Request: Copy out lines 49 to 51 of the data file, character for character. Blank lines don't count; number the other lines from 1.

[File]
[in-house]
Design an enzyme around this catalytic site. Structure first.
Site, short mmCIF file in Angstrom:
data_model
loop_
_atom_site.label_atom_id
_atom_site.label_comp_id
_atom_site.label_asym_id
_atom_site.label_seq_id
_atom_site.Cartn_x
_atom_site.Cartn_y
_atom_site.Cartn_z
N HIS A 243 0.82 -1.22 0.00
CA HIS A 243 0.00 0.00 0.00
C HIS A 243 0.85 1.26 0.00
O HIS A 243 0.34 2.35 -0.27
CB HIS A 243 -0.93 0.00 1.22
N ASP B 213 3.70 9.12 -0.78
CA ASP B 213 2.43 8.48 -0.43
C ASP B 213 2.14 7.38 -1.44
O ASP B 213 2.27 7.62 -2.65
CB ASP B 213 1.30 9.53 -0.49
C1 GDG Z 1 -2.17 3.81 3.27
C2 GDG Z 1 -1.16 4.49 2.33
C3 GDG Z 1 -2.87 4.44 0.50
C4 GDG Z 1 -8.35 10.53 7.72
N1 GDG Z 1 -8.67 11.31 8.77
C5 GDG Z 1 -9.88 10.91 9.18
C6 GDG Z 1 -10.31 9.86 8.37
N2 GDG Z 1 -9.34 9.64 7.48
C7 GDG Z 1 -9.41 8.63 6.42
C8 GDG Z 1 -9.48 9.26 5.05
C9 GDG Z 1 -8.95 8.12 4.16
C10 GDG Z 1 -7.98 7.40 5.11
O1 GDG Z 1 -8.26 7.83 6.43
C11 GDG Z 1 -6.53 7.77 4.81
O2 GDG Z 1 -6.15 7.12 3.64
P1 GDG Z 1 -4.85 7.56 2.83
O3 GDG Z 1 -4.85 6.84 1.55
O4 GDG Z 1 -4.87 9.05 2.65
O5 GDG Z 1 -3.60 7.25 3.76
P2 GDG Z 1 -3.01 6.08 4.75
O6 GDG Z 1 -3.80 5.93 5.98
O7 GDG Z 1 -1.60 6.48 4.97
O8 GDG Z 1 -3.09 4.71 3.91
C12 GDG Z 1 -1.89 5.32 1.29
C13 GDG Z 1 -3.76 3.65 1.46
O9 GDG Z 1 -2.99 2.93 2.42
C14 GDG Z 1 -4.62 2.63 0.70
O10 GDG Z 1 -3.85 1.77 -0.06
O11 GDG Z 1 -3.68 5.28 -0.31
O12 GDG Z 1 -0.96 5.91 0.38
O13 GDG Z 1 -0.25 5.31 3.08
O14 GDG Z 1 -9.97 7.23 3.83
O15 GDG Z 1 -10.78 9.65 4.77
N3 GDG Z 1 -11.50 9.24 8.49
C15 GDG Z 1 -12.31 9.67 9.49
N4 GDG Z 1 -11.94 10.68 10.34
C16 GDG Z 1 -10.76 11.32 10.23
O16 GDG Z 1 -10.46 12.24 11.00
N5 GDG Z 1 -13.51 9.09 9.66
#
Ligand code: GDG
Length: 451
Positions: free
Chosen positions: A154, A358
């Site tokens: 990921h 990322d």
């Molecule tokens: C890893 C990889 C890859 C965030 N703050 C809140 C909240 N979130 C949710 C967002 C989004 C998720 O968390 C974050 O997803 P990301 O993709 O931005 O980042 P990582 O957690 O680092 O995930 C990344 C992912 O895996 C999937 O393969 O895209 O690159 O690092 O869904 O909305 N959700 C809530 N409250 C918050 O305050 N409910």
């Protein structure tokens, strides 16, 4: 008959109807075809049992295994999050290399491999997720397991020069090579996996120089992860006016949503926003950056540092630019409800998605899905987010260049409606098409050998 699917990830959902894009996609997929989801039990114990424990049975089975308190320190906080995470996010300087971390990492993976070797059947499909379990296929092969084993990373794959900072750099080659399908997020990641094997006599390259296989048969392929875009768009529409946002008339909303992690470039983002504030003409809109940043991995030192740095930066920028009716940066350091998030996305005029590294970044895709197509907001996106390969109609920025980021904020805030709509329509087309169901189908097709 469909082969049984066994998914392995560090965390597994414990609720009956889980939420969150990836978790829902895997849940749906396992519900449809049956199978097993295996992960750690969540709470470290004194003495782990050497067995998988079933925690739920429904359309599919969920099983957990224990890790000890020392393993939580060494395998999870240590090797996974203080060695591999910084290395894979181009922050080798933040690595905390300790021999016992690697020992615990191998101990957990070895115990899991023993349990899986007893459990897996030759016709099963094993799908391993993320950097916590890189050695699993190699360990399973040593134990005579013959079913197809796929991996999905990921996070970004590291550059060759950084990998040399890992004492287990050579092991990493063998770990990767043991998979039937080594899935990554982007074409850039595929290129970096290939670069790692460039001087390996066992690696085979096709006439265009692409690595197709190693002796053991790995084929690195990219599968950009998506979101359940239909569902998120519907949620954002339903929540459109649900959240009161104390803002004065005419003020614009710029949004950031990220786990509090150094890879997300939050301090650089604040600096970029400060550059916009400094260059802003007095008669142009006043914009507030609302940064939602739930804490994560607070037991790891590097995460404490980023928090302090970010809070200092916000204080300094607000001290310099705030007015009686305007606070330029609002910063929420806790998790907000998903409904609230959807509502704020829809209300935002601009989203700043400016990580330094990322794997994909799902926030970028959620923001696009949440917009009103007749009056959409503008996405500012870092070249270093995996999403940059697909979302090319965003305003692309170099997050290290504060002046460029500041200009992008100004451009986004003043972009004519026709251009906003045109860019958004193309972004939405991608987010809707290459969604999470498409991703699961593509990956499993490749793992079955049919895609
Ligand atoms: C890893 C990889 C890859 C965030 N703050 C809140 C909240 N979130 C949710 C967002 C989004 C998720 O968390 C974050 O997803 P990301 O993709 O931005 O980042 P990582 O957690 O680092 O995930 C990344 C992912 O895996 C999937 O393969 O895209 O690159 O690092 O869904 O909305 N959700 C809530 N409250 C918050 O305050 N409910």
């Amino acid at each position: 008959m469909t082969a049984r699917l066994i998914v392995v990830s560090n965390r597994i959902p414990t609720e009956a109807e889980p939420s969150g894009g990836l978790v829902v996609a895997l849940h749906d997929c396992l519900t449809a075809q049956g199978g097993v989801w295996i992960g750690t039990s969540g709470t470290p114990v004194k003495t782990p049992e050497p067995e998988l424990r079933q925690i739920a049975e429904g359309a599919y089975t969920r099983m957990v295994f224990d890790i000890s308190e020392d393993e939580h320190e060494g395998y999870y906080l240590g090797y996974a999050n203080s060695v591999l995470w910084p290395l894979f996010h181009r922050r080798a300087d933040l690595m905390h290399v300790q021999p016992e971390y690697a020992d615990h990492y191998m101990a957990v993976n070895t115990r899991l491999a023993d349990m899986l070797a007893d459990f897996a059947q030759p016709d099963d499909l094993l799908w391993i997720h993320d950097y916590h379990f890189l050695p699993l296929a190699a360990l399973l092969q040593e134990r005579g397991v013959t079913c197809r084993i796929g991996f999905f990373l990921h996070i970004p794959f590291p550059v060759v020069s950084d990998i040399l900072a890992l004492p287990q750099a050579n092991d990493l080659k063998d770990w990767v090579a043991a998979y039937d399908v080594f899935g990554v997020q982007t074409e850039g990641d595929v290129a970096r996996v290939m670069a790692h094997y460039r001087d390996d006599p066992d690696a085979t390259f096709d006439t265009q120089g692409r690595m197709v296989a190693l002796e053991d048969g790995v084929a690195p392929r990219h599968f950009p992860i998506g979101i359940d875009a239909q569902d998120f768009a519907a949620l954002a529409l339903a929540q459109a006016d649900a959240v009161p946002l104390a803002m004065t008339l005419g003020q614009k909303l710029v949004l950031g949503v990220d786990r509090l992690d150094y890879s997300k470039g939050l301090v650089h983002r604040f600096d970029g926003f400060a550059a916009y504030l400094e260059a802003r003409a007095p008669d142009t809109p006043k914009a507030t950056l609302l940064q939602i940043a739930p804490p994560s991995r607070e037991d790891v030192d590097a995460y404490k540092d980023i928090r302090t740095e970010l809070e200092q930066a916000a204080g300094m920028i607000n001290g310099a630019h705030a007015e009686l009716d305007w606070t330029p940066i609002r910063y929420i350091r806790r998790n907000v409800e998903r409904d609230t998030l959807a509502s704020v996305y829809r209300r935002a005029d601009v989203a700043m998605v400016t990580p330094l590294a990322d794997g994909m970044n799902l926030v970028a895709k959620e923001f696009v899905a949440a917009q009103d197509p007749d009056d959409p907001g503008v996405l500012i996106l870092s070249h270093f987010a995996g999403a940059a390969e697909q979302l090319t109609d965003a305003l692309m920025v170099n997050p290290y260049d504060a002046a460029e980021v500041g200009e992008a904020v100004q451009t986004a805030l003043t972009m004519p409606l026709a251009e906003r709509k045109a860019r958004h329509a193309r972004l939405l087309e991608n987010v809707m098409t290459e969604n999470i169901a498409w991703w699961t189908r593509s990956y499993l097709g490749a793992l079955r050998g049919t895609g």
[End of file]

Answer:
C14 GDG Z 1 -4.62 2.63 0.70
O10 GDG Z 1 -3.85 1.77 -0.06
O11 GDG Z 1 -3.68 5.28 -0.31